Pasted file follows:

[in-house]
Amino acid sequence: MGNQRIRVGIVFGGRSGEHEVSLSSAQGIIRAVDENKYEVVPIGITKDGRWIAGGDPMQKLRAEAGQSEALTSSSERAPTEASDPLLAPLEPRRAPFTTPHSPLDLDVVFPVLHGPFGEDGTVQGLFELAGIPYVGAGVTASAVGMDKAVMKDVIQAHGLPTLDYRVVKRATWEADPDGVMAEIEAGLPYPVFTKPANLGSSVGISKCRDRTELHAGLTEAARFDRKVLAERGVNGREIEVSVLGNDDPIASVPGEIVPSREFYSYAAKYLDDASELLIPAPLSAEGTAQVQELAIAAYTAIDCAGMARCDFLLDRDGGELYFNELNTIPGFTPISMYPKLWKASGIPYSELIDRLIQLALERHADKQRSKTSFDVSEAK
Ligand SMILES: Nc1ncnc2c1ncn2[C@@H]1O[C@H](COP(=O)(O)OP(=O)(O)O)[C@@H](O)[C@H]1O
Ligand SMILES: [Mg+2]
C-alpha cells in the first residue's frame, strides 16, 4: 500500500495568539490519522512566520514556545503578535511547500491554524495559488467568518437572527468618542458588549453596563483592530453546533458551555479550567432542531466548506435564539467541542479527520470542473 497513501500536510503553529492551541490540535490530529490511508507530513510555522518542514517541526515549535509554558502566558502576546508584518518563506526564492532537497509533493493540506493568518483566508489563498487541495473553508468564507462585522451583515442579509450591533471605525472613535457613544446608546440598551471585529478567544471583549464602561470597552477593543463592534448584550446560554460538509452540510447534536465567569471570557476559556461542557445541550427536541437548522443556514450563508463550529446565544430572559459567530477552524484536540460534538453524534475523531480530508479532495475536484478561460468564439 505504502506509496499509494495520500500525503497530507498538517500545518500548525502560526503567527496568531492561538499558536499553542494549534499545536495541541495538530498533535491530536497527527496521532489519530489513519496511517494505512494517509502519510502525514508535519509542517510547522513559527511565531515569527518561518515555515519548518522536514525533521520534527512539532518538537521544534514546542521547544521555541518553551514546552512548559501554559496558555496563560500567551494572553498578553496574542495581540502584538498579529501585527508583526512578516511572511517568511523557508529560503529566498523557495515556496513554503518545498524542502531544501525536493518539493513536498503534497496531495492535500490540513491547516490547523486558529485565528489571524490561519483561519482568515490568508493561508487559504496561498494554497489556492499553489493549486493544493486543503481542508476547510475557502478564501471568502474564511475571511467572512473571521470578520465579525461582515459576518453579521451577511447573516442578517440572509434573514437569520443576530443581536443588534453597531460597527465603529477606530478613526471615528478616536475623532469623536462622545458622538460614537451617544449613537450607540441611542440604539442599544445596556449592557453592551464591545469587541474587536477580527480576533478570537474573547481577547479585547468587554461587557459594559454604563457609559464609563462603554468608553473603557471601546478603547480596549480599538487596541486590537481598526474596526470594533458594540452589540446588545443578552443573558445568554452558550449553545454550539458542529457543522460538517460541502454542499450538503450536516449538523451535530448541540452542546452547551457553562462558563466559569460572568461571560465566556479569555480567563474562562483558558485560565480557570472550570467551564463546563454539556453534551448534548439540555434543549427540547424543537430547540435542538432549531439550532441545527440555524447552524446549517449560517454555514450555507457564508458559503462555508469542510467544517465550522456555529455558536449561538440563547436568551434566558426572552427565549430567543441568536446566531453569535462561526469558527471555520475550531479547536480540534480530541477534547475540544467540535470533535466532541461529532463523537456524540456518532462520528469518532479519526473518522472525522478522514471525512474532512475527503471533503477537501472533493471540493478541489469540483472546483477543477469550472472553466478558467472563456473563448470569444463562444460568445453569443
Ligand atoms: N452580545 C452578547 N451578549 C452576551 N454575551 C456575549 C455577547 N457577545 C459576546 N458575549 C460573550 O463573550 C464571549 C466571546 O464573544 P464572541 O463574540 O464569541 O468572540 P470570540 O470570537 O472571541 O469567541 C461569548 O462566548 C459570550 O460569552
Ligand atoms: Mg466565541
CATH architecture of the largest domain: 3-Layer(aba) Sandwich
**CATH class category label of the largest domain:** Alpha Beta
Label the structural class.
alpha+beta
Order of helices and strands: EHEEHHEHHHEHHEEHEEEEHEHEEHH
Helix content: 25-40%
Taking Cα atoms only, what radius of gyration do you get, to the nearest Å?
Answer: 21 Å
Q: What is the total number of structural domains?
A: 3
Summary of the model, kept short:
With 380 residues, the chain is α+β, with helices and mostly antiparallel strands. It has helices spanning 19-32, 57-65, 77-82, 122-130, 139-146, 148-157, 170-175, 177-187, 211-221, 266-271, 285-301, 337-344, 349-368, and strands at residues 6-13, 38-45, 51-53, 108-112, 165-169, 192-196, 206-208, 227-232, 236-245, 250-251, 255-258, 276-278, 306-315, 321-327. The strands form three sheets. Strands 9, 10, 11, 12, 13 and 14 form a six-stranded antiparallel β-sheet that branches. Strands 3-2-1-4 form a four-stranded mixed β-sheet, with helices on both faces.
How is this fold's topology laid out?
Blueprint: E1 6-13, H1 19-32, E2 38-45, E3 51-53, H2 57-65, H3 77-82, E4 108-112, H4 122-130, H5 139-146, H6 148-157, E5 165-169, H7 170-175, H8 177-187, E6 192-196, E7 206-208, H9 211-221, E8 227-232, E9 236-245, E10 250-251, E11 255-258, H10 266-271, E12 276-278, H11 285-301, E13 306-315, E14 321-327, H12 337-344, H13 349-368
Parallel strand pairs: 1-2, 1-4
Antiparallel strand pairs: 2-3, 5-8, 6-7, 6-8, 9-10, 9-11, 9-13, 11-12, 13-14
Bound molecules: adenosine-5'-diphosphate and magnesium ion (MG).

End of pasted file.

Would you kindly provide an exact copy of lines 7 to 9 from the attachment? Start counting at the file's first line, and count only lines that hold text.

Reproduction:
Ligand atoms: Mg466565541
CATH architecture of the largest domain: 3-Layer(aba) Sandwich
**CATH class category label of the largest domain:** Alpha Beta